Information and Experiences of a Harvest Abroad

S.Burke

Well-Known Member
The thought behind this thread is to share information and experiences to help people looking at doing harvest work abroad.

Stories from lads I knew that had done it and they’re experiences, were a great source of information for me so I’m sure this forum would be a great starting point for people who don’t know anyone local that’s done it.

So if any of you would like to share your experiences and tips for getting on well abroad fire away. But remember it’s not a place for bad mouthing, name bashing or slinging muck.

Cheers.
 

S.Burke

Well-Known Member
I’ve a big long story but I think I’ll just cut it down to this;
I went to Australia and this is my general advice

You can go it alone but I would advise going with someone or a group but make sure they are people you get on with, it can get claustrophobic and you want to know you’ll be able to have a laugh. If you go on your own it try to mix with other lads as you’re a long way from home and the worst thing you can do is exclude yourself.

Look up the countries visas through the government website.. Australia’s site is easy enough use and has all the info you need regarding visas.
http://www.immi.gov.au/Pages/Welcome.aspx

I would start looking / applying for jobs from here to get an idea of what people are looking for and the wage range – I used www.gumtree.com.au , www.seek.com.au and googled ‘Australian harvest contractors’ and 'Australian Harvest Work', (wages for example I was on 250 dollars + accommodation + food but that was in a fairly remote place and it does vary), you can go and then try get a job but if you don’t have the financial backing and means of support it can be stressful.

Make your cv to suit the job your looking for … without telling lies of course.

A good cv is only the start if you say you’re good with machines be able to talk the talk and know what you’re on about when someone rings.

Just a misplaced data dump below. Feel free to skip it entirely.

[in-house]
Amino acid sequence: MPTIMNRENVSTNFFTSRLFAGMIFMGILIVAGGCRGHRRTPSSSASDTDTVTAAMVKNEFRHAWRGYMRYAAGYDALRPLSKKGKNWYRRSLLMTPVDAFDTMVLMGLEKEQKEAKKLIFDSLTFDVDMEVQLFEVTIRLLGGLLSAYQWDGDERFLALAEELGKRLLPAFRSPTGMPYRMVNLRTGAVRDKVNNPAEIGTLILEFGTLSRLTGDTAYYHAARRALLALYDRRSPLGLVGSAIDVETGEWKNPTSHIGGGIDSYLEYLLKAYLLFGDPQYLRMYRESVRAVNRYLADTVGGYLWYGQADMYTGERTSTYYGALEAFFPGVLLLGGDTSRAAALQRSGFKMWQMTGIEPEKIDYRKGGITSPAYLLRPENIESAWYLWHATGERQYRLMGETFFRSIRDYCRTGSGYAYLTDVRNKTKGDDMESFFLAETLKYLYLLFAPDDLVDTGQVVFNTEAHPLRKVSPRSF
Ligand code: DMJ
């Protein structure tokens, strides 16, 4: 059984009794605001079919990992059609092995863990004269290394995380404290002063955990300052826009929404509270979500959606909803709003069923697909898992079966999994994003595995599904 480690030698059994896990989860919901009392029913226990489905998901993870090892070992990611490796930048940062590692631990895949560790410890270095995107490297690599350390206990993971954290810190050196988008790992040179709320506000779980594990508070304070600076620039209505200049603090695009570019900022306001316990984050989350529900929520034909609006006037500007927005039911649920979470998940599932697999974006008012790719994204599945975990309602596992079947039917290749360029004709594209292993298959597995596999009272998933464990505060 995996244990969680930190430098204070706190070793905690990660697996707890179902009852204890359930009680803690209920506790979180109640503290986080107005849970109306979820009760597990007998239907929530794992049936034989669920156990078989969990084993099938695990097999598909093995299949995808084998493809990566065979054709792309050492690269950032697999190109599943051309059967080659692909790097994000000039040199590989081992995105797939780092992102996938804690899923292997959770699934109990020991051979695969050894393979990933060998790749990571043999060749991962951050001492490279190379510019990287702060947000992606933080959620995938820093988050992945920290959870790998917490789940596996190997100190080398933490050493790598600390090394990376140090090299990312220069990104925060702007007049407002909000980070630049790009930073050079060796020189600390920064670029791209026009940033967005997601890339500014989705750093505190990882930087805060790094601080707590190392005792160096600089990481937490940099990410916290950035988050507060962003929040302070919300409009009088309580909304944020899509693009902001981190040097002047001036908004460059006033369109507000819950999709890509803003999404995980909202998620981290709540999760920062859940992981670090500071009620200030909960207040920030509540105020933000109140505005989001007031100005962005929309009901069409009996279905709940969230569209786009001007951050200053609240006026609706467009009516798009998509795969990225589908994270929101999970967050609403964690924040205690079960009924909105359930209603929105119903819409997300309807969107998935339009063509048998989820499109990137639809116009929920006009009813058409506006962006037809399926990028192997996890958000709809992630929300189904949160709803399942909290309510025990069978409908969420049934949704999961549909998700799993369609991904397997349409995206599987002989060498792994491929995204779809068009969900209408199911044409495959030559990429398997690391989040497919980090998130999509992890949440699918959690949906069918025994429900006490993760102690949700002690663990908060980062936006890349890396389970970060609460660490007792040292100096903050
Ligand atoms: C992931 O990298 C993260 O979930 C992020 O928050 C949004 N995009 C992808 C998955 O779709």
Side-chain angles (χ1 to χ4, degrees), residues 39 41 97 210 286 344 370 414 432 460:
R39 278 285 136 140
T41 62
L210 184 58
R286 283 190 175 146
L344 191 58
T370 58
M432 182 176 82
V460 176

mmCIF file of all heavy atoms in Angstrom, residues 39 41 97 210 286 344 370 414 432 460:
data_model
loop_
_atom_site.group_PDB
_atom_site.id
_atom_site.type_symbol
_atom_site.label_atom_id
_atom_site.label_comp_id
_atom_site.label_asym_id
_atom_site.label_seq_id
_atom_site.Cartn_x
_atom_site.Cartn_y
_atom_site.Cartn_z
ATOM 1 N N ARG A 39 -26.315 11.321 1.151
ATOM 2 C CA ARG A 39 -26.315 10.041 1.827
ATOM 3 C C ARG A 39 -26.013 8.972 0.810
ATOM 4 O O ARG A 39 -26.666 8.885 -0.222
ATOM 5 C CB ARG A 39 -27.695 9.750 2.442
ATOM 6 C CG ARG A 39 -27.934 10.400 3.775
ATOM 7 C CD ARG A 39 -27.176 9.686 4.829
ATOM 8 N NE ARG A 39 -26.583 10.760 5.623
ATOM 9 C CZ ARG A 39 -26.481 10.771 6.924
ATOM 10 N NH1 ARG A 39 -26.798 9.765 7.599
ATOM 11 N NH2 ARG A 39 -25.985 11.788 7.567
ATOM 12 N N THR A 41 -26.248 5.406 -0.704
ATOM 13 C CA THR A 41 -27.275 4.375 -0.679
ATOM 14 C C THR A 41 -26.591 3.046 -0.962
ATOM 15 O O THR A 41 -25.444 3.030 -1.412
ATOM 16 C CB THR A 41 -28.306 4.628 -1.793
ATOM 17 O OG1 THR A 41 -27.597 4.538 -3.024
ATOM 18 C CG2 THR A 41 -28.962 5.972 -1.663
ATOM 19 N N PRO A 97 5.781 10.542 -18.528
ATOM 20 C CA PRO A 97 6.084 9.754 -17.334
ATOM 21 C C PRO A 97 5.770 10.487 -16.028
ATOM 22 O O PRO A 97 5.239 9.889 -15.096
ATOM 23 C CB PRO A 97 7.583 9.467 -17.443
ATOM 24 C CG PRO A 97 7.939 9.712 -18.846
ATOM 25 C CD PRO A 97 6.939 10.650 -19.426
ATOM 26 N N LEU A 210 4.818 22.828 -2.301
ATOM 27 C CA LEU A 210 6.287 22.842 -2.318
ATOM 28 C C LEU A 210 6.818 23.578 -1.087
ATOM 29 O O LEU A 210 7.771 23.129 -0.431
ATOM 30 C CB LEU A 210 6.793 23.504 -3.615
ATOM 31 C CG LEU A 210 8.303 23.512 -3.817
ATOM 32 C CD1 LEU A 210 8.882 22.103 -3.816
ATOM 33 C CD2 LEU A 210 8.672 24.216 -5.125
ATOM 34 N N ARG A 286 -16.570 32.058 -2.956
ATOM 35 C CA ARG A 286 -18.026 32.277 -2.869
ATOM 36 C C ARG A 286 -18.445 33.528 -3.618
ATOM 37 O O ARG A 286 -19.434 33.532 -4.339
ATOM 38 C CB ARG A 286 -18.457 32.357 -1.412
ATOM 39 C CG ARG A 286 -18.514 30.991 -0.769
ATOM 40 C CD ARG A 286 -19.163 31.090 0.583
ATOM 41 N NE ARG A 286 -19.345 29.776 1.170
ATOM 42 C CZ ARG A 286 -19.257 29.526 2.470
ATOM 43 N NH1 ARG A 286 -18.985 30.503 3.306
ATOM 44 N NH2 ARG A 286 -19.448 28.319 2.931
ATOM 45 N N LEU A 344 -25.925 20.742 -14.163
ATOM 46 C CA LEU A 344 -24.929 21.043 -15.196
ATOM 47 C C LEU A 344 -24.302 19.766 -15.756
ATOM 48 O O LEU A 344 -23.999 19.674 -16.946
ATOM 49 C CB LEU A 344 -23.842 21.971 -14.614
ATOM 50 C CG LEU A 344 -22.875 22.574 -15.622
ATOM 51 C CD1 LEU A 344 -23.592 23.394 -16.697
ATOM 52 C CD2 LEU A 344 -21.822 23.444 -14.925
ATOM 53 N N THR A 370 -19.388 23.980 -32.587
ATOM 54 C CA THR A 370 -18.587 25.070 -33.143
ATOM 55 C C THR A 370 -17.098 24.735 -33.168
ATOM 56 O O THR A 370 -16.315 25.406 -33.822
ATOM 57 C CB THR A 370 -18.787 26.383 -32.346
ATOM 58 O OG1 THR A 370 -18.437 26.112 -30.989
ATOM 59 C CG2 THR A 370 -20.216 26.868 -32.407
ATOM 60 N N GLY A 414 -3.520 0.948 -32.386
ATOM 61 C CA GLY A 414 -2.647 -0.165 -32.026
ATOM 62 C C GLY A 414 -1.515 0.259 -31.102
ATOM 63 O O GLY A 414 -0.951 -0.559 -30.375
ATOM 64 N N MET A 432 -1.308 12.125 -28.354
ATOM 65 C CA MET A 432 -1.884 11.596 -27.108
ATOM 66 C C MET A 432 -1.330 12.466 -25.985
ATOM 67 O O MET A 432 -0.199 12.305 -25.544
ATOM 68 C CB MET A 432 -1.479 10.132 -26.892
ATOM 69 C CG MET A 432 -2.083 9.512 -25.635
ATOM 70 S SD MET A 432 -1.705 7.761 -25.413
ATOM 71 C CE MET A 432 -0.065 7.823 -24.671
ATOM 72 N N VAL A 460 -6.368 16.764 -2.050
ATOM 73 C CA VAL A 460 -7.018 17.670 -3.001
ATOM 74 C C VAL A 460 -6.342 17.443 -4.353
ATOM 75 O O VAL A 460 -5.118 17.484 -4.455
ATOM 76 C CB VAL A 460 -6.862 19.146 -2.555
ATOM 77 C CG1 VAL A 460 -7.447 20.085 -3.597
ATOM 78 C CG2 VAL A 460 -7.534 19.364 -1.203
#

Ask about the second year visa when you’re being interviewed, if they are willing to back you up for it.

If you want to do a bit of a holiday I would do the harvest work first to get the extra year visa and a few dollars. for one reason or an other I left it till the end and ended up not doing enough … even if you don’t want to stay 2 years the option is open to you if you change your mind.

Time your arrival in the country a week or so before the harvest or seeding seasons. This gives you time to get used to the weather and get over jet lag. If you know someone over there you might be able to stay with them but hostels aren't too bad either.

If you can, buy a comfortable car and make sure it has air-con (mid summer where I was got up to 48° C), also the freedom to move is very important,

If you don’t like a place, apply for jobs and move don’t get stuck working for someone that’s taking the p*ss.

You will get paddywhackery alright but you have to let go, water off a ducks back and all that (to a certain degree don’t let it get too out of hand) and depending on the type of people you’re working with you should be able to give what you get without going overboard of course.

listen to what your employer wants and what way he wants it done, their ways are different as they have to suit the climate.

There is a lot of dangerous creatures over there, but be safe not scared. Alerted to the fact that where you find rats here you may find something a whole lot different, so care is a must but as I say there isn't a snake/spider hanging out around every corner. In fact the only snake I seen was in the zoo. and only came across two spiders one red-back on the floor of the workshop and a huntsman on the floor of shower room in a hostel the latter met the sole of my boot and the first one I left to the aussie.


After that Enjoy it.

probably some stuff i missed but its a start
 

declanc304

Well-Known Member